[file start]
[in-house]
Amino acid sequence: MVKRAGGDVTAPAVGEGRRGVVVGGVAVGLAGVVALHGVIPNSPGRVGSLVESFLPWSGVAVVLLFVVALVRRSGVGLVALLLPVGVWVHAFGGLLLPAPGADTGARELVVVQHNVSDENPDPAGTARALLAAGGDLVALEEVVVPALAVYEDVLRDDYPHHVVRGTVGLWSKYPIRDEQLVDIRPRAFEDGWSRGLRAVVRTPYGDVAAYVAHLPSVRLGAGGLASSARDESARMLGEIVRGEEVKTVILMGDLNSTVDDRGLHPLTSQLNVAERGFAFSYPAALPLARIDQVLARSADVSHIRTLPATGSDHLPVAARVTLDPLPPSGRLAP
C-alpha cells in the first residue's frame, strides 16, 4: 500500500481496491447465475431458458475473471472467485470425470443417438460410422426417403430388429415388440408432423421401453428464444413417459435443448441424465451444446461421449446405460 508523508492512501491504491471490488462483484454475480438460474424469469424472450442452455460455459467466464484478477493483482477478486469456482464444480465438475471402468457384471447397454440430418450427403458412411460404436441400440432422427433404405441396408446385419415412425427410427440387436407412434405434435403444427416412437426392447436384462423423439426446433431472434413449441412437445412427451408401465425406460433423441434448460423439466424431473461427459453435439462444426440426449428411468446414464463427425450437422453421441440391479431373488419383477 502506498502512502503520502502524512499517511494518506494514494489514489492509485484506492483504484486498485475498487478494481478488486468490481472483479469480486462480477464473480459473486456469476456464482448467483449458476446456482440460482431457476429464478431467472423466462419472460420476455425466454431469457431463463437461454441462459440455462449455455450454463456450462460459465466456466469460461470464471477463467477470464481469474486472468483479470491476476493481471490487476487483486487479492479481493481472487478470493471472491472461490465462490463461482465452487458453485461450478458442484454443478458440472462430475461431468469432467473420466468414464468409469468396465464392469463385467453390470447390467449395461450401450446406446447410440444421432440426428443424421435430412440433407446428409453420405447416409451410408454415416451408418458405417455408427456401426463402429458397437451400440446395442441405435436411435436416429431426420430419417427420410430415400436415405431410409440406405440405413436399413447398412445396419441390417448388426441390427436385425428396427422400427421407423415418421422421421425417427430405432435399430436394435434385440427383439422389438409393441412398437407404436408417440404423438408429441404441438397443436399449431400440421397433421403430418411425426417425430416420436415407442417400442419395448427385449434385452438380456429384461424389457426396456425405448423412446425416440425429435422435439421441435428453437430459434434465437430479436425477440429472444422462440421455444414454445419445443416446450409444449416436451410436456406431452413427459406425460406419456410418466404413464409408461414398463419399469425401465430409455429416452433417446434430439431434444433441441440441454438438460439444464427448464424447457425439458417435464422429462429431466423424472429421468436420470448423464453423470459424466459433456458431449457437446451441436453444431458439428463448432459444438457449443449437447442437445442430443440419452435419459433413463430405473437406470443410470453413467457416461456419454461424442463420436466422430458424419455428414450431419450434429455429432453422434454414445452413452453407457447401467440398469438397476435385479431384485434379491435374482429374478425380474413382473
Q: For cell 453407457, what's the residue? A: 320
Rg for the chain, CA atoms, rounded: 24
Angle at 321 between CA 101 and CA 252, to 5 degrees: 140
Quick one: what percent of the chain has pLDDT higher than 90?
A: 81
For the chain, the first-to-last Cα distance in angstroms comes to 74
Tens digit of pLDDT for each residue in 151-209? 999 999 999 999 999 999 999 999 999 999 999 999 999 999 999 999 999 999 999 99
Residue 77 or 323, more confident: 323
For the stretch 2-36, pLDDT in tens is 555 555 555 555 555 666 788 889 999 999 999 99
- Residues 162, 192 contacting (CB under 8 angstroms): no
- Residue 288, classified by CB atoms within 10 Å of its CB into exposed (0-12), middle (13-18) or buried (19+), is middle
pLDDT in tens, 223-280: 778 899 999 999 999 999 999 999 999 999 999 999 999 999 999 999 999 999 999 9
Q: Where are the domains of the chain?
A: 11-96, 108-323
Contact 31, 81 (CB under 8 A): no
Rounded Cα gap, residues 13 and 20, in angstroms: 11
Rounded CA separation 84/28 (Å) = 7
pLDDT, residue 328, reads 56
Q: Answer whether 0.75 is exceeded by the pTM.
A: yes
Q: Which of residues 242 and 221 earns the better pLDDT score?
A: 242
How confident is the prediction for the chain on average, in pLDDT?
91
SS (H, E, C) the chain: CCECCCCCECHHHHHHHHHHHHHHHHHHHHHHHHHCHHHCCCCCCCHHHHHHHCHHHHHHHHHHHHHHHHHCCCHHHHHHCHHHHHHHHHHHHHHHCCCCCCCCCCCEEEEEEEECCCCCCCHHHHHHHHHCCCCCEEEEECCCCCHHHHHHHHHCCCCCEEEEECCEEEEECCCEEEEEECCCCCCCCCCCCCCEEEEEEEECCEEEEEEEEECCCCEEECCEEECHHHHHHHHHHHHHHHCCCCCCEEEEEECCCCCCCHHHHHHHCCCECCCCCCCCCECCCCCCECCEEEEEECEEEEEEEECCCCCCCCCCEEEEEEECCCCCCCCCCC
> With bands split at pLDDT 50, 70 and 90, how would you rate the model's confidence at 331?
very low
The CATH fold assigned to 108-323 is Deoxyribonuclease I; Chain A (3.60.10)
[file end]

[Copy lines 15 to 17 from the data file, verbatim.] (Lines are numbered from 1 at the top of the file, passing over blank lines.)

pLDDT in tens, 223-280: 778 899 999 999 999 999 999 999 999 999 999 999 999 999 999 999 999 999 999 9
Q: Where are the domains of the chain?
A: 11-96, 108-323